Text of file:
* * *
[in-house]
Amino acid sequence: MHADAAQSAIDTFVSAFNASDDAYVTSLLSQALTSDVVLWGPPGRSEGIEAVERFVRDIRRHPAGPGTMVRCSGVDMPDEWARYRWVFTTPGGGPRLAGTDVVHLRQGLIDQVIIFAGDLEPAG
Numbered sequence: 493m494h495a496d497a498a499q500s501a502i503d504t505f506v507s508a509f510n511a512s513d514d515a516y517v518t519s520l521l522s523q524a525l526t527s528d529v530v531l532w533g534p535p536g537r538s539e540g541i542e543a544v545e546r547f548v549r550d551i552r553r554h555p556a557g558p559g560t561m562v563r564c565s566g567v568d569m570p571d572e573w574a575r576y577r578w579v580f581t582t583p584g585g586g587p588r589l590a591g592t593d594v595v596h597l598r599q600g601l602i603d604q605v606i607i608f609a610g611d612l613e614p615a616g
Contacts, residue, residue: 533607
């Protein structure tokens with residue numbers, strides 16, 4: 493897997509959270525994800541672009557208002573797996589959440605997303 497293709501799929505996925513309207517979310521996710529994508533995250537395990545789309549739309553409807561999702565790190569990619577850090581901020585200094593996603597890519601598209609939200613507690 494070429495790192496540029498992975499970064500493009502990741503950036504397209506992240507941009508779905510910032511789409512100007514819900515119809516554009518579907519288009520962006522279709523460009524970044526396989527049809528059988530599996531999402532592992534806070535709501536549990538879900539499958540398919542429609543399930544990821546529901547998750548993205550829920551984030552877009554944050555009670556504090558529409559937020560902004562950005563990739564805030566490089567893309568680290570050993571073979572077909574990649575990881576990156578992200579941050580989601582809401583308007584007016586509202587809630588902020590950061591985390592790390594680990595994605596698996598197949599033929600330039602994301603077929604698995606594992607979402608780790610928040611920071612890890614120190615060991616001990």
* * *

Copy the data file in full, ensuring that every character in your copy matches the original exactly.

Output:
[in-house]
Amino acid sequence: MHADAAQSAIDTFVSAFNASDDAYVTSLLSQALTSDVVLWGPPGRSEGIEAVERFVRDIRRHPAGPGTMVRCSGVDMPDEWARYRWVFTTPGGGPRLAGTDVVHLRQGLIDQVIIFAGDLEPAG
Numbered sequence: 493m494h495a496d497a498a499q500s501a502i503d504t505f506v507s508a509f510n511a512s513d514d515a516y517v518t519s520l521l522s523q524a525l526t527s528d529v530v531l532w533g534p535p536g537r538s539e540g541i542e543a544v545e546r547f548v549r550d551i552r553r554h555p556a557g558p559g560t561m562v563r564c565s566g567v568d569m570p571d572e573w574a575r576y577r578w579v580f581t582t583p584g585g586g587p588r589l590a591g592t593d594v595v596h597l598r599q600g601l602i603d604q605v606i607i608f609a610g611d612l613e614p615a616g
Contacts, residue, residue: 533607
């Protein structure tokens with residue numbers, strides 16, 4: 493897997509959270525994800541672009557208002573797996589959440605997303 497293709501799929505996925513309207517979310521996710529994508533995250537395990545789309549739309553409807561999702565790190569990619577850090581901020585200094593996603597890519601598209609939200613507690 494070429495790192496540029498992975499970064500493009502990741503950036504397209506992240507941009508779905510910032511789409512100007514819900515119809516554009518579907519288009520962006522279709523460009524970044526396989527049809528059988530599996531999402532592992534806070535709501536549990538879900539499958540398919542429609543399930544990821546529901547998750548993205550829920551984030552877009554944050555009670556504090558529409559937020560902004562950005563990739564805030566490089567893309568680290570050993571073979572077909574990649575990881576990156578992200579941050580989601582809401583308007584007016586509202587809630588902020590950061591985390592790390594680990595994605596698996598197949599033929600330039602994301603077929604698995606594992607979402608780790610928040611920071612890890614120190615060991616001990």